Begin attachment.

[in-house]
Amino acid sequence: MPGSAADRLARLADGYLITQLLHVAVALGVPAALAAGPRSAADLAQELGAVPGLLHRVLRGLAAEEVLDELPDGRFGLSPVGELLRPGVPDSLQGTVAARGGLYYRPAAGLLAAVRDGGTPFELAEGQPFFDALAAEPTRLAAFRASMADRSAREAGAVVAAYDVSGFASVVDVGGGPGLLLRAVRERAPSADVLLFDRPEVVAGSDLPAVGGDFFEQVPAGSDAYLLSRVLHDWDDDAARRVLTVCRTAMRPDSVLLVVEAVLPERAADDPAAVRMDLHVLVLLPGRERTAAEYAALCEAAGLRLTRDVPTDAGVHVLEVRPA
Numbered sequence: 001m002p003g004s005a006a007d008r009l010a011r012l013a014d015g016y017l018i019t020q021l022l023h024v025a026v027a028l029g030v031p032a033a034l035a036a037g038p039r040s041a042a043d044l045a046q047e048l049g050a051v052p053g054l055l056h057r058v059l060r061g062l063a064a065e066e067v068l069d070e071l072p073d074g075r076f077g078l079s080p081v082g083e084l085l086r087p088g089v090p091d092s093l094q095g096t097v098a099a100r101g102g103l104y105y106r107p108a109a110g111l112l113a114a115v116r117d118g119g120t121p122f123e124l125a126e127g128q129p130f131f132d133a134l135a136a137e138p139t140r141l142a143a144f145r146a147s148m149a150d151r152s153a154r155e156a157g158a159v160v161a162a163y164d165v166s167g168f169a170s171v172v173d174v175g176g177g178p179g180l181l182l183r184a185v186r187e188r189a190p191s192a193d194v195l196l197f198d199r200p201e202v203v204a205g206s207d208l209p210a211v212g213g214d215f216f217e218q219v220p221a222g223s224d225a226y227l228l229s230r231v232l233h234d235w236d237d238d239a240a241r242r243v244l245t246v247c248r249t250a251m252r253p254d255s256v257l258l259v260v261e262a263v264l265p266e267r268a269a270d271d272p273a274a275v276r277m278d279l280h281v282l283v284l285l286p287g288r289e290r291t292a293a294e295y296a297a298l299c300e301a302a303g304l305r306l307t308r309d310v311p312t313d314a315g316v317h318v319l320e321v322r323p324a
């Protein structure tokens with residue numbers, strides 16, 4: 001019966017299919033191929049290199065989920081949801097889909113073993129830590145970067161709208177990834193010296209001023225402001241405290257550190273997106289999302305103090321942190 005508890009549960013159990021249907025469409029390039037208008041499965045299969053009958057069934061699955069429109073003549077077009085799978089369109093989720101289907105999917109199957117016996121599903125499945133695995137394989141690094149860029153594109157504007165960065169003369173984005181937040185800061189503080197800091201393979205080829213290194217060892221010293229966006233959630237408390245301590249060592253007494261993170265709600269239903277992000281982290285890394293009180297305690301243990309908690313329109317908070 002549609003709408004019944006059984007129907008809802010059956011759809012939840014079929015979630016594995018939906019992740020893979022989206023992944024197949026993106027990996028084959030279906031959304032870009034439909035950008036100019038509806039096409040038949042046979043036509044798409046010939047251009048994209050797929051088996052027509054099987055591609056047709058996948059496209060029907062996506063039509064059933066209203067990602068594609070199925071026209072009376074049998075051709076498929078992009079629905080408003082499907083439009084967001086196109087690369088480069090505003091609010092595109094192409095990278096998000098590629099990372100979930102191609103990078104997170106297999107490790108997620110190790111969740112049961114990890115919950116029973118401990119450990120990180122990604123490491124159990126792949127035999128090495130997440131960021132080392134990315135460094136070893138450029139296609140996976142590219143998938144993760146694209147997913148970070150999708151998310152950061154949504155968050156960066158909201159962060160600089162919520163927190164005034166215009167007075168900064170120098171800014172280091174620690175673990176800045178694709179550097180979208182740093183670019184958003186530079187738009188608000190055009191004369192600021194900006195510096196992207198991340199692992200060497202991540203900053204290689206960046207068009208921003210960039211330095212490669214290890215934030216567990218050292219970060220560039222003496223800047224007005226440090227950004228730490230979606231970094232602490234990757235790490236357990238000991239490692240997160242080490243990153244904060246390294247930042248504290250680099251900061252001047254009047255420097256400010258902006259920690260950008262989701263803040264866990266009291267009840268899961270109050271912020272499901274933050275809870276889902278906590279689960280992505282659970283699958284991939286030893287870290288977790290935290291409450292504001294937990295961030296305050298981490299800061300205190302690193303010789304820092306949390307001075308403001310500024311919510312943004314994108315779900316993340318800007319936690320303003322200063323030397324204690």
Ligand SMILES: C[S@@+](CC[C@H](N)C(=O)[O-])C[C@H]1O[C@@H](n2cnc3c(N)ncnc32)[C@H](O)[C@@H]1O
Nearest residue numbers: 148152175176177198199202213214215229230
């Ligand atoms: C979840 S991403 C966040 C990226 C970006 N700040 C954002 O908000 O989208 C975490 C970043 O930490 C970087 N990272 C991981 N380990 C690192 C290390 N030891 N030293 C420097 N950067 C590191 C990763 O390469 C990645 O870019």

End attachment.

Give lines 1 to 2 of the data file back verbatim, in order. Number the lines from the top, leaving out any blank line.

[in-house]
Amino acid sequence: MPGSAADRLARLADGYLITQLLHVAVALGVPAALAAGPRSAADLAQELGAVPGLLHRVLRGLAAEEVLDELPDGRFGLSPVGELLRPGVPDSLQGTVAARGGLYYRPAAGLLAAVRDGGTPFELAEGQPFFDALAAEPTRLAAFRASMADRSAREAGAVVAAYDVSGFASVVDVGGGPGLLLRAVRERAPSADVLLFDRPEVVAGSDLPAVGGDFFEQVPAGSDAYLLSRVLHDWDDDAARRVLTVCRTAMRPDSVLLVVEAVLPERAADDPAAVRMDLHVLVLLPGRERTAAEYAALCEAAGLRLTRDVPTDAGVHVLEVRPA